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Nicomachean Ethics   

their former intimacy, and as we think we ought to oblige friends
rather than strangers, so to those who have been our friends we ought
to make some allowance for our former friendship, when the breach has
not been due to excess of wickedness.
Friendly relations with one's neighbours, and the marks by which
friendships are defined, seem to have proceeded from a man's relations
to himself. For (1) we define a friend as one who wishes and does what
is good, or seems so, for the sake of his friend, or (2) as one who
wishes his friend to exist and live, for his sake; which mothers do to
their children, and friends do who have come into conflict. And (3)
others define him as one who lives with and (4) has the same tastes as
another, or (5) one who grieves and rejoices with his friend; and this
too is found in mothers most of all. It is by some one of these
characterstics that friendship too is defined.
Now each of these is true of the good man's relation to himself (and
of all other men in so far as they think themselves good; virtue and
the good man seem, as has been said, to be the measure of every class
of things). For his opinions are harmonious, and he desires the same
things with all his soul; and therefore he wishes for himself what is
good and what seems so, and does it (for it is characteristic of the
good man to work out the good), and does so for his own sake (for he
does it for the sake of the intellectual element in him, which is
thought to be the man himself); and he wishes himself to live and be
preserved, and especially the element by virtue of which he thinks.
For existence is good to the virtuous man, and each man wishes himself
what is good, while no one chooses to possess the whole world if he
has first to become some one else (for that matter, even now God
possesses the good); he wishes for this only on condition of being
whatever he is; and the element that thinks would seem to be the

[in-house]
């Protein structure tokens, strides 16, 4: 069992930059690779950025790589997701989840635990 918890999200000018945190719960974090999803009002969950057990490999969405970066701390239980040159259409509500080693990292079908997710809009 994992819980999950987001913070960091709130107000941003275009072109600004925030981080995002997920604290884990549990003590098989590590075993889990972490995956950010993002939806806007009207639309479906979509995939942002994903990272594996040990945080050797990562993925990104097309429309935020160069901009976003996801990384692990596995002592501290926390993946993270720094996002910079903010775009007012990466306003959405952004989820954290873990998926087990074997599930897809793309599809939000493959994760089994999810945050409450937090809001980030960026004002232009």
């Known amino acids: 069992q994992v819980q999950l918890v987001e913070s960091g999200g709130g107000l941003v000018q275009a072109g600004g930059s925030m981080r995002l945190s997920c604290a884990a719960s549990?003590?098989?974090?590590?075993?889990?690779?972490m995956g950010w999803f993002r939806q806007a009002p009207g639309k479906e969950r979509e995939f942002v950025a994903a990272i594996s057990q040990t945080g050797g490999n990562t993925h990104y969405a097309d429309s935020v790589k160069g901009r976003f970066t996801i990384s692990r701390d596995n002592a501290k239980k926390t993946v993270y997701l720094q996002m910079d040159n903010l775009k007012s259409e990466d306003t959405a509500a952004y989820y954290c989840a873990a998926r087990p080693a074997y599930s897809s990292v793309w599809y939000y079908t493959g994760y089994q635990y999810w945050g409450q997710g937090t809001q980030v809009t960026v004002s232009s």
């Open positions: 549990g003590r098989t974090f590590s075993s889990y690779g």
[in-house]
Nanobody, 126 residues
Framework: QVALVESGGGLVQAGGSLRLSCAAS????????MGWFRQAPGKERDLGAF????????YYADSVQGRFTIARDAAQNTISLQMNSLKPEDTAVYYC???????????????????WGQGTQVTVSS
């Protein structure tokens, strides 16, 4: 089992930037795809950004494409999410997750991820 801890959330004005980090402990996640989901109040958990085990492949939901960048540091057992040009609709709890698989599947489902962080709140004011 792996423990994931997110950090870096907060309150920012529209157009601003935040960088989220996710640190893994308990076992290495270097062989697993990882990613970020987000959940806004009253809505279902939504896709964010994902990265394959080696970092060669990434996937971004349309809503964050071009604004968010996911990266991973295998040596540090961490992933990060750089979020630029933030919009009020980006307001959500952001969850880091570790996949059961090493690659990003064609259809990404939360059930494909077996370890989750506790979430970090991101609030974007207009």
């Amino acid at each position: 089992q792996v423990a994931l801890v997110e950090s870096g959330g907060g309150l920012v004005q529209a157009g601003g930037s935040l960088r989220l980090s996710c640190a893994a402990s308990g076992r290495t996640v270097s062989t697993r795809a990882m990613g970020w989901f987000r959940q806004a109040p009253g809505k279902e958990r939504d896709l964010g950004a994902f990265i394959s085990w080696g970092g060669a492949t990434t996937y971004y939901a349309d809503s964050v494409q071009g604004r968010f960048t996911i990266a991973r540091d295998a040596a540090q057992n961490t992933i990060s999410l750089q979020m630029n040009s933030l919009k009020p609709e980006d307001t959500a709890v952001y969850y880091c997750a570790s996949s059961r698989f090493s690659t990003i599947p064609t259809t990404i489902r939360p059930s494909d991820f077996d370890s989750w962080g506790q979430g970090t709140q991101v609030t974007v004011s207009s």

individual man, or to be so more than any other element in him. And
such a man wishes to live with himself; for he does so with pleasure,
since the memories of his past acts are delightful and his hopes for
the future are good, and therefore pleasant. His mind is well stored
too with subjects of contemplation. And he grieves and rejoices, more
than any other, with himself; for the same thing is always painful,
and the same thing always pleasant, and not one thing at one time and
another at another; he has, so to speak, nothing to repent of.
Therefore, since each of these characteristics belongs to the good man
in relation to himself, and he is related to his friend as to himself
(for his friend is another self), friendship too is thought to be one
of these attributes, and those who have these attributes to be
friends. Whether there is or is not friendship between a man and
himself is a question we may dismiss for the present; there would seem
to be friendship in so far as he is two or more, to judge from the
afore-mentioned attributes of friendship, and from the fact that the
extreme of friendship is likened to one's love for oneself.
But the attributes named seem to belong even to the majority of men,
poor creatures though they may be. Are we to say then that in so far
as they are satisfied with themselves and think they are good, they
share in these attributes? Certainly no one who is thoroughly bad and
impious has these attributes, or even seems to do so. They hardly
belong even to inferior people; for they are at variance with
themselves, and have appetites for some things and rational desires
for others. This is true, for instance, of incontinent people; for
they choose, instead of the things they themselves think good, things
that are pleasant but hurtful; while others again, through cowardice
and laziness, shrink from doing what they think best for themselves.
And those who have done many terrible deeds and are hated for their
wickedness even shrink from life and destroy themselves. And wicked
men seek for people with whom to spend their days, and shun
themselves; for they remember many a grevious deed, and anticipate
others like them, when they are by themselves, but when they are with
others they forget. And having nothing lovable in them they have no

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